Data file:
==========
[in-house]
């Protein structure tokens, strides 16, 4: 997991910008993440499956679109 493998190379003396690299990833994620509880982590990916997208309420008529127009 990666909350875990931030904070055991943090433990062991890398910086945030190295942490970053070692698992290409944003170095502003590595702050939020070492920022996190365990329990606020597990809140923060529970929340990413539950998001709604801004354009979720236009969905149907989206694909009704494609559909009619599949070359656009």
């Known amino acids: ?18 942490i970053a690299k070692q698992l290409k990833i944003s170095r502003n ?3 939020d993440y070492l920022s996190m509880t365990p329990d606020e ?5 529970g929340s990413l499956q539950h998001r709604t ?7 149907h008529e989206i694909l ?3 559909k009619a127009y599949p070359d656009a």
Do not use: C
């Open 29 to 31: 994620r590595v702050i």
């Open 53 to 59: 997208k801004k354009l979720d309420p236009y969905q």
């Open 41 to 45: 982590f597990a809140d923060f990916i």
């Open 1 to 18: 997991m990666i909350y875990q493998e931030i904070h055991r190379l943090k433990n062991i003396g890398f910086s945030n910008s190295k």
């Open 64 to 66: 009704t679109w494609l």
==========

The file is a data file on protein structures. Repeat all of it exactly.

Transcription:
[in-house]
């Protein structure tokens, strides 16, 4: 997991910008993440499956679109 493998190379003396690299990833994620509880982590990916997208309420008529127009 990666909350875990931030904070055991943090433990062991890398910086945030190295942490970053070692698992290409944003170095502003590595702050939020070492920022996190365990329990606020597990809140923060529970929340990413539950998001709604801004354009979720236009969905149907989206694909009704494609559909009619599949070359656009």
């Known amino acids: ?18 942490i970053a690299k070692q698992l290409k990833i944003s170095r502003n ?3 939020d993440y070492l920022s996190m509880t365990p329990d606020e ?5 529970g929340s990413l499956q539950h998001r709604t ?7 149907h008529e989206i694909l ?3 559909k009619a127009y599949p070359d656009a």
Do not use: C
């Open 29 to 31: 994620r590595v702050i």
């Open 53 to 59: 997208k801004k354009l979720d309420p236009y969905q």
């Open 41 to 45: 982590f597990a809140d923060f990916i």
């Open 1 to 18: 997991m990666i909350y875990q493998e931030i904070h055991r190379l943090k433990n062991i003396g890398f910086s945030n910008s190295k």
């Open 64 to 66: 009704t679109w494609l």